Cement shortage raises costs

By J. Ferguson
Arizona Daily Wildcat
Tuesday, October 11, 2005

An empty, fenced-off lot on the corner of East University Boulevard and North Park Avenue will begin to take a new shape next week as a long-awaited delivery of cement finally arrives.

With the delivery of cement and steel, construction work can finally begin for the planned one-story retail building owned by the Marshall Foundation, said Jane McCollum, general manager for the Marshall Foundation.

McCollum said the contractor the Marshall Foundation uses was unable to bring in cement because of a national shortage in such raw materials.

"The concrete was the delay," McCollum explained. "This will be rectified next week."

While cement shortages have delayed the Marshall Foundation construction, projects at the UA have been spared significant delays, although there have been some financial setbacks, said Peter Dourlein, associate director for facilities design and construction.

While the timing of projects has not been significantly affected by the shortage, Dourlein said, the price of construction projects has risen because as cement becomes scarce, its price steadily increases.

Two recent projects, the expansion of the Chemistry building and the new Poetry Center, had to increase their respective budgets to compensate for an estimated 15 percent price increase in raw materials, Dourlein said.

The project to expand the Chemistry building required the UA to ask the Arizona Board of Regents to approve another $1 million to complete the building, Dourlein said.

The budget for the expansion, slated for completion in 2006, is now $46 million after the increase, he said.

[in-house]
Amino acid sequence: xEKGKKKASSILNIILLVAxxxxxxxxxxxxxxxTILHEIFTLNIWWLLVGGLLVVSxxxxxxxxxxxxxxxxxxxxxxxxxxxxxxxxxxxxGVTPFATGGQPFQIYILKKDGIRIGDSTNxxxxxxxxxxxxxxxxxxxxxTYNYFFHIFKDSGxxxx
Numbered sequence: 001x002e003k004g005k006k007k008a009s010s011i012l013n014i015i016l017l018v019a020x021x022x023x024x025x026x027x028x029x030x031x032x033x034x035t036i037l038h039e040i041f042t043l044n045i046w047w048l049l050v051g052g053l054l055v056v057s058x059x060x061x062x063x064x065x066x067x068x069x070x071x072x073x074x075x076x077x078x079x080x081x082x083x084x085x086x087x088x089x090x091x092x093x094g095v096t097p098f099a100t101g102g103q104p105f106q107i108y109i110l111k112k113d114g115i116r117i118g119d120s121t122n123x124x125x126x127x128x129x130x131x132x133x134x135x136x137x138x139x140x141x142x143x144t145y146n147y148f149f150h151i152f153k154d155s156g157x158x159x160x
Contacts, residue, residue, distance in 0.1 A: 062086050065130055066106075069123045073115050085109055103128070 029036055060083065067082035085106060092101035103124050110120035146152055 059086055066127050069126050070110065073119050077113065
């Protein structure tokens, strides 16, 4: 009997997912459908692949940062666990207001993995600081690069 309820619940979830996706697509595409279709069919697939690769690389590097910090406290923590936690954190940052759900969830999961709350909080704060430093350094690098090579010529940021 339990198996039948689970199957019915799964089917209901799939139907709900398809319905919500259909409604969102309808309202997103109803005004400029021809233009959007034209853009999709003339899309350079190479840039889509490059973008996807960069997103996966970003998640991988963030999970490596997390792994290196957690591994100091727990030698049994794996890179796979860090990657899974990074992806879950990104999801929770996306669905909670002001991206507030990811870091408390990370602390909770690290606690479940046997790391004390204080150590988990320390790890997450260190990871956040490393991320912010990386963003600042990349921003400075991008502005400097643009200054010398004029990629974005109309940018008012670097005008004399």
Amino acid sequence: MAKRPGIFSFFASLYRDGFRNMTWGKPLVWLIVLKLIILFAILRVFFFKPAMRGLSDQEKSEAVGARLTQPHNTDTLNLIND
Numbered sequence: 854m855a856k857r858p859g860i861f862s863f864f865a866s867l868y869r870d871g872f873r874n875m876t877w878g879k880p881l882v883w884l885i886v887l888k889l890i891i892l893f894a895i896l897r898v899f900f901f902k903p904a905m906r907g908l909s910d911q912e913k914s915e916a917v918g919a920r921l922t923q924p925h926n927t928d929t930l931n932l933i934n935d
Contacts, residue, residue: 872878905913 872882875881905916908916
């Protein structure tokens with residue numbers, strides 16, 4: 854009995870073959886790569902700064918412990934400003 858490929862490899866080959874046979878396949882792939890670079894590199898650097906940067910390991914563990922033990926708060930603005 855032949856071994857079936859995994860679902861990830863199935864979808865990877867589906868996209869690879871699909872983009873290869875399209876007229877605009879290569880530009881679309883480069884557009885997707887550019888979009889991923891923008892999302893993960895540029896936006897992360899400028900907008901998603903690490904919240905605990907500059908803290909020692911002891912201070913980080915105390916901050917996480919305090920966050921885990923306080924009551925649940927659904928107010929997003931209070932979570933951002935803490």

The new Poetry Center will also cost an additional $1 million to complete, Dourlein said, which brings the total cost to $6.8 million.

The price increase stems from the national appetite for cement that seems to be insatiable and is outpacing the domestic production, said Ed Sullivan, the chief economist for the Portland Cement Association, an organization that represents cement companies in the United States and Canada.

"We will consume 120 million tons of cement this year and we can only produce 95 million tons," Sullivan said.

Sullivan said the 95 million tons represents the full production capacity of the domestic cement industry working 24 hours a day, seven days a week. 

China, in particular, has led to domestic shortages in cement, Sullivan said.

A massive push for imports has increased the cost of shipping freight, and this jump in freight costs makes the cost of shipping cement too expensive for importers to make a profit, Sullivan said.

The reliance on importing cement has placed tremendous demands on availability of cement and the price available in the domestic market. But the rise in prices has not heavily impacted when projects are completed, Dourlein said.

"There were some slowdowns, there were (cement) pours that didn't happen when they should have," Dourlein said. "On a bigger project, that kind of delay got absorbed, so it didn't have a real big impact on the overall project."

Dourlein said he predicts that future large construction projects, like the expansion of the College of Architecture and the planned John and Doris Norton School of Family and Consumer Sciences building, will be finished on time and will be unaffected from the shortage.

Large-scale projects at the UA include the Meinel Optical Sciences building at North Cherry Avenue, the Thomas W. Keating BioResearch building, and the College of Public Health and the College of Nursing Drachman Hall at East Helen Street.

Cost overruns on these projects associated with lack of raw materials have been avoided thus far because many projects were negotiated with contractors and as their prices increased, the contractors were forced to absorb the costs, Dourlein said.